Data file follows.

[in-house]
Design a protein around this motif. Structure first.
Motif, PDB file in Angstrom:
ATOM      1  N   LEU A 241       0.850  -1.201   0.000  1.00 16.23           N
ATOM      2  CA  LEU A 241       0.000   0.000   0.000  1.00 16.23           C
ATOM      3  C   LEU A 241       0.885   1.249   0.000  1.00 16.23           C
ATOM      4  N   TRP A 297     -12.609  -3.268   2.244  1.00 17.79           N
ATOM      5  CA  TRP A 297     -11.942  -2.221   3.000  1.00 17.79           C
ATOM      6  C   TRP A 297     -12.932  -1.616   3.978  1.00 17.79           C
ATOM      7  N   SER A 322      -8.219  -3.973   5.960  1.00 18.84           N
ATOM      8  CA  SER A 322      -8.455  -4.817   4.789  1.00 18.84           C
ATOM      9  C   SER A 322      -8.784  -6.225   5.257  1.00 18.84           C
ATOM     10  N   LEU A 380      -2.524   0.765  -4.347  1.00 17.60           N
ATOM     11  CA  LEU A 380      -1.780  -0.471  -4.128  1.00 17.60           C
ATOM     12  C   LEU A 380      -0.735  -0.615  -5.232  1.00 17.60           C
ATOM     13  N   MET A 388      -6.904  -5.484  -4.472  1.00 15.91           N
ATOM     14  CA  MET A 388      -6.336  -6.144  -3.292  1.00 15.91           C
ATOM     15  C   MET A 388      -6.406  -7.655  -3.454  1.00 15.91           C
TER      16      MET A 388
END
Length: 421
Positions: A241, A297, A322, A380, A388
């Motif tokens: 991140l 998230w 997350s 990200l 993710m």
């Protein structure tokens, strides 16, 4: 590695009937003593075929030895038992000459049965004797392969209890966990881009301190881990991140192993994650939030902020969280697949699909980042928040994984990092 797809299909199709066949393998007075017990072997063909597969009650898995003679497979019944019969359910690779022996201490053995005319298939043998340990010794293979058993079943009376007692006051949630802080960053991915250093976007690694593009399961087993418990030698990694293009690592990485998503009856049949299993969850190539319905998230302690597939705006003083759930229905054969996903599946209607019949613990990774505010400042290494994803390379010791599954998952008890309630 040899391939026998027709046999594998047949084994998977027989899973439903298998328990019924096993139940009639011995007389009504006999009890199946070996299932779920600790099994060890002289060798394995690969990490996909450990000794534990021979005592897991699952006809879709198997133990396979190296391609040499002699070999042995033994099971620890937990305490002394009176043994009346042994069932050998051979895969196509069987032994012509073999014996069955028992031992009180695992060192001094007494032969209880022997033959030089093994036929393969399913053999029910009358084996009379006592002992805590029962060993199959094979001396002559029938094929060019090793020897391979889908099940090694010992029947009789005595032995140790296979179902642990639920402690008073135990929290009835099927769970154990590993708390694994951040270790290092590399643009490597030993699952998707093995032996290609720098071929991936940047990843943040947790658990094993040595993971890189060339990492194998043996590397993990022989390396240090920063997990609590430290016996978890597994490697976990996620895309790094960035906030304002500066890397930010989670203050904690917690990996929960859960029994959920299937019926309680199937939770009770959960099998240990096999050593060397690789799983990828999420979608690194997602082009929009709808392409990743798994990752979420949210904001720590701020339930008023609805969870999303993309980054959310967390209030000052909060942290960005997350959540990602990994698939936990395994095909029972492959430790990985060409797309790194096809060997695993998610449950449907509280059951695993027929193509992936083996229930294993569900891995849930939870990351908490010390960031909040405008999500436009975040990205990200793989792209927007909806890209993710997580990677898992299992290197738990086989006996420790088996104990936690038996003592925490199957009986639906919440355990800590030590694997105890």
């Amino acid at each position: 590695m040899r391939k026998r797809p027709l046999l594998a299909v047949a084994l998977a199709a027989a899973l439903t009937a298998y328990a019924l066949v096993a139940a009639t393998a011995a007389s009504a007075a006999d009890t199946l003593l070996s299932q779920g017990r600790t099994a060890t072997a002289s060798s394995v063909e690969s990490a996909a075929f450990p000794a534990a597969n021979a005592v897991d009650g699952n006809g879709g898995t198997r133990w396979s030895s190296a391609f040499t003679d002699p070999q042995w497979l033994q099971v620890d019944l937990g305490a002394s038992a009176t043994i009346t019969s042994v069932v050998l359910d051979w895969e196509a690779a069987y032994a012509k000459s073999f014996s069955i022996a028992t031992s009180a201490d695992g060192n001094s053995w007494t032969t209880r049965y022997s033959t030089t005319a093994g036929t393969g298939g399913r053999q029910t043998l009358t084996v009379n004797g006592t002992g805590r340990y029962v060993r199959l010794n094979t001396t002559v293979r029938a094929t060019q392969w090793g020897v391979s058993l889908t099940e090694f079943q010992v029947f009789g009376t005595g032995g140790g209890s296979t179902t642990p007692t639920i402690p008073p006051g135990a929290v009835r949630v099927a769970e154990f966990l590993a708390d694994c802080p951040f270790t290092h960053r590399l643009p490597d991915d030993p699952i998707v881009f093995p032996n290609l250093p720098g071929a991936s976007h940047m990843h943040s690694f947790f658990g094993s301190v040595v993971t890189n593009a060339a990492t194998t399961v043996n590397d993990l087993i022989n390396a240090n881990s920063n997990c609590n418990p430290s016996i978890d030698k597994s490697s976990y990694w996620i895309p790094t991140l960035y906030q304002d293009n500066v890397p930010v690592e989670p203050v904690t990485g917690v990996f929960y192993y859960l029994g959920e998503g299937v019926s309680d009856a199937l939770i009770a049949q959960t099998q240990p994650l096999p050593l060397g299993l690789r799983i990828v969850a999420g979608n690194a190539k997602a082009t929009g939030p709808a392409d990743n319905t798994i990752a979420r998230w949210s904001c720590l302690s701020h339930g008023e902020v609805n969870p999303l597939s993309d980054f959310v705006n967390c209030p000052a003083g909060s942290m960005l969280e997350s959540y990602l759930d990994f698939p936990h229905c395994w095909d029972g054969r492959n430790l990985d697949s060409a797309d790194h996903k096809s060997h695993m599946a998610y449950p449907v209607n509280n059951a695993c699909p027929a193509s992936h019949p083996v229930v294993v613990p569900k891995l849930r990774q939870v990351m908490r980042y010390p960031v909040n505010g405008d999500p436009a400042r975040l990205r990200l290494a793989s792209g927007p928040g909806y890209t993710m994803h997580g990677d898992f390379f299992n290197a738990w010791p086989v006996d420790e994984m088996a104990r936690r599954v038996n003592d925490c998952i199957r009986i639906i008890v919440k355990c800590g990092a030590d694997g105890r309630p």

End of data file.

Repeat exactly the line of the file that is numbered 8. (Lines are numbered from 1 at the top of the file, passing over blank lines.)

ATOM      5  CA  TRP A 297     -11.942  -2.221   3.000  1.00 17.79           C